For immediate release
June 10, 2013
Calgary, AB – The Beef Cattle Research Council (BCRC) welcomes today’s announcement of federal-provincial Growing Forward 2 funding of $1.25 million over five years for the creation of a forage research chair at the University of Saskatchewan.
As highlighted in the 2012 National Beef Research Strategy developed by the BCRC and the Beef Value Chain Roundtable, Canadian beef industry stakeholders strongly identify the need for continued and reinvigorated forage and grassland productivity capacity and research. The new research chair position will help address this concern.
Ongoing forage research ensures that Canada fully capitalizes on its natural advantages for beef production, is improving forage yields and nutritional value, and strengthens the beef industry’s ongoing commitment to environmental management and sustainability.
“Forages are the foundation of Canada’s beef industry,” said BCRC Vice-Chair Tim Oleksyn, a cow-calf producer from Shellbrook, Saskatchewan. “Increasing forage productivity is more important than ever with increasing competition for farmland by other agriculture sectors and urban growth.”
The forage research chair will play an important role in future programs within Canada’s Beef Cattle Industry Science Cluster, a partnership between Agriculture and Agri-Food Canada (AAFC) and the BCRC to ensure that applied beef research funds are allocated to research priorities and projects that have the greatest potential to benefit the competitiveness of the industry.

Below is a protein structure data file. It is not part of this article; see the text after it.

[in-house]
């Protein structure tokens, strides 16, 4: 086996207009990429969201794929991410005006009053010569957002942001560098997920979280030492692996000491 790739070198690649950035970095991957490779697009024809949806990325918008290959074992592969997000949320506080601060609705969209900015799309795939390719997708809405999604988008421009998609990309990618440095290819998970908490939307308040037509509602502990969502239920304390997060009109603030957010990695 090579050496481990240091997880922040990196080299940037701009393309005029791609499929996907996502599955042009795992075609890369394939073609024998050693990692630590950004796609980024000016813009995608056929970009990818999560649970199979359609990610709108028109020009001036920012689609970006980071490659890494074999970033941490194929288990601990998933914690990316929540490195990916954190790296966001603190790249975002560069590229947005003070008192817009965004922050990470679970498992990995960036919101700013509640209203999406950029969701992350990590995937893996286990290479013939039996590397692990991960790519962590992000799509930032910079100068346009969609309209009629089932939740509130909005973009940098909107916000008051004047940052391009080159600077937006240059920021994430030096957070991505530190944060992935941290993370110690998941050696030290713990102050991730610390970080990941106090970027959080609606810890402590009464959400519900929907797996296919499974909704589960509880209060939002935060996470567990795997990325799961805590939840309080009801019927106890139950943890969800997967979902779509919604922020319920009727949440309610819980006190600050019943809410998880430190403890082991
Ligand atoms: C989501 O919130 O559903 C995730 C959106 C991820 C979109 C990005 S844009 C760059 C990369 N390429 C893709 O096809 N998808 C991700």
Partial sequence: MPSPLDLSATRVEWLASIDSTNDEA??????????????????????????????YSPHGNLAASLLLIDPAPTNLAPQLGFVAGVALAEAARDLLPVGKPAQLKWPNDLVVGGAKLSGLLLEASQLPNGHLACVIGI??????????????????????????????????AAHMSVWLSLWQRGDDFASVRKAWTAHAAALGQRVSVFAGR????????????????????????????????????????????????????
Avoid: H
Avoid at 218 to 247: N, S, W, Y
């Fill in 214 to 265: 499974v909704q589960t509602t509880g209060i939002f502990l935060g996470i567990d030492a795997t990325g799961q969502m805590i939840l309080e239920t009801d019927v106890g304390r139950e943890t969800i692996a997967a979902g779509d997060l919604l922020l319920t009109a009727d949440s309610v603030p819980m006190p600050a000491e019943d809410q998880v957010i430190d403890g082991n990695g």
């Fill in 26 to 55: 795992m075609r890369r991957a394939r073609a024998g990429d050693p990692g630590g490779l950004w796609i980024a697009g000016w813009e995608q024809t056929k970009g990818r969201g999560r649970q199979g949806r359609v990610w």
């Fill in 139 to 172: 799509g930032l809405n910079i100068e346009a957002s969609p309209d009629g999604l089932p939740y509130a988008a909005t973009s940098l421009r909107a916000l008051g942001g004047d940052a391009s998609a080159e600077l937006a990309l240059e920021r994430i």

“It’s expected that the new chair will not only develop new forage varieties that could be valuable nation-wide, but also mentor and train new forage experts to sustain Canadian forage research into the future,” said Oleksyn.
Maintaining existing professional research capacity in this area will continue to be an industry priority as current forage researchers are set to retire within the next few years.
The BCRC is Canada’s industry-led funding agency for beef research. The BCRC is funded through a portion of the producer-paid national levy which leverages government research funding, and is led by a committee of beef producers from across the country. The BCRC’s mandate is to determine research and development priorities for the Canadian beef cattle industry and to administer national check-off funds allocated to research. It operates as a division of the Canadian Cattlemen’s Association.
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